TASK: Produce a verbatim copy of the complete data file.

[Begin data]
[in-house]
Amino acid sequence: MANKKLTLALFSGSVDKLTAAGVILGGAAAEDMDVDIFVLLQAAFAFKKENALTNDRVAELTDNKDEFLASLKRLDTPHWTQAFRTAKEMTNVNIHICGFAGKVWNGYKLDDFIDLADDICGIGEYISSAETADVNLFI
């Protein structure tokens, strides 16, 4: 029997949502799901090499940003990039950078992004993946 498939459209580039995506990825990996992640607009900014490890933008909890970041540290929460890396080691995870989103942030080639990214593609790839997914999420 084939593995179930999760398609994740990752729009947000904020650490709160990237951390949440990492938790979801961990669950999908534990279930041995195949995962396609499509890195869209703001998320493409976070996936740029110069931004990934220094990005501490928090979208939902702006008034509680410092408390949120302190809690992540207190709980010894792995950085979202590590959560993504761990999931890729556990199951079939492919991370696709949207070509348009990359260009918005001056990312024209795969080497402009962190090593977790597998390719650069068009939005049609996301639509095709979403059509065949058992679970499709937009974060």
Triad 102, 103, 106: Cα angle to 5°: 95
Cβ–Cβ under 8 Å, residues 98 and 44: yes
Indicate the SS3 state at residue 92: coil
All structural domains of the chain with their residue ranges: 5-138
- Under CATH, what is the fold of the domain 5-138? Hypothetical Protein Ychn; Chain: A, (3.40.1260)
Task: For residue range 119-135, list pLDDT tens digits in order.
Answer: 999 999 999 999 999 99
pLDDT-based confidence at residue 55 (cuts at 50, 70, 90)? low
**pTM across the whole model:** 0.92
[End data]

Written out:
[in-house]
Amino acid sequence: MANKKLTLALFSGSVDKLTAAGVILGGAAAEDMDVDIFVLLQAAFAFKKENALTNDRVAELTDNKDEFLASLKRLDTPHWTQAFRTAKEMTNVNIHICGFAGKVWNGYKLDDFIDLADDICGIGEYISSAETADVNLFI
């Protein structure tokens, strides 16, 4: 029997949502799901090499940003990039950078992004993946 498939459209580039995506990825990996992640607009900014490890933008909890970041540290929460890396080691995870989103942030080639990214593609790839997914999420 084939593995179930999760398609994740990752729009947000904020650490709160990237951390949440990492938790979801961990669950999908534990279930041995195949995962396609499509890195869209703001998320493409976070996936740029110069931004990934220094990005501490928090979208939902702006008034509680410092408390949120302190809690992540207190709980010894792995950085979202590590959560993504761990999931890729556990199951079939492919991370696709949207070509348009990359260009918005001056990312024209795969080497402009962190090593977790597998390719650069068009939005049609996301639509095709979403059509065949058992679970499709937009974060």
Triad 102, 103, 106: Cα angle to 5°: 95
Cβ–Cβ under 8 Å, residues 98 and 44: yes
Indicate the SS3 state at residue 92: coil
All structural domains of the chain with their residue ranges: 5-138
- Under CATH, what is the fold of the domain 5-138? Hypothetical Protein Ychn; Chain: A, (3.40.1260)
Task: For residue range 119-135, list pLDDT tens digits in order.
Answer: 999 999 999 999 999 99
pLDDT-based confidence at residue 55 (cuts at 50, 70, 90)? low
**pTM across the whole model:** 0.92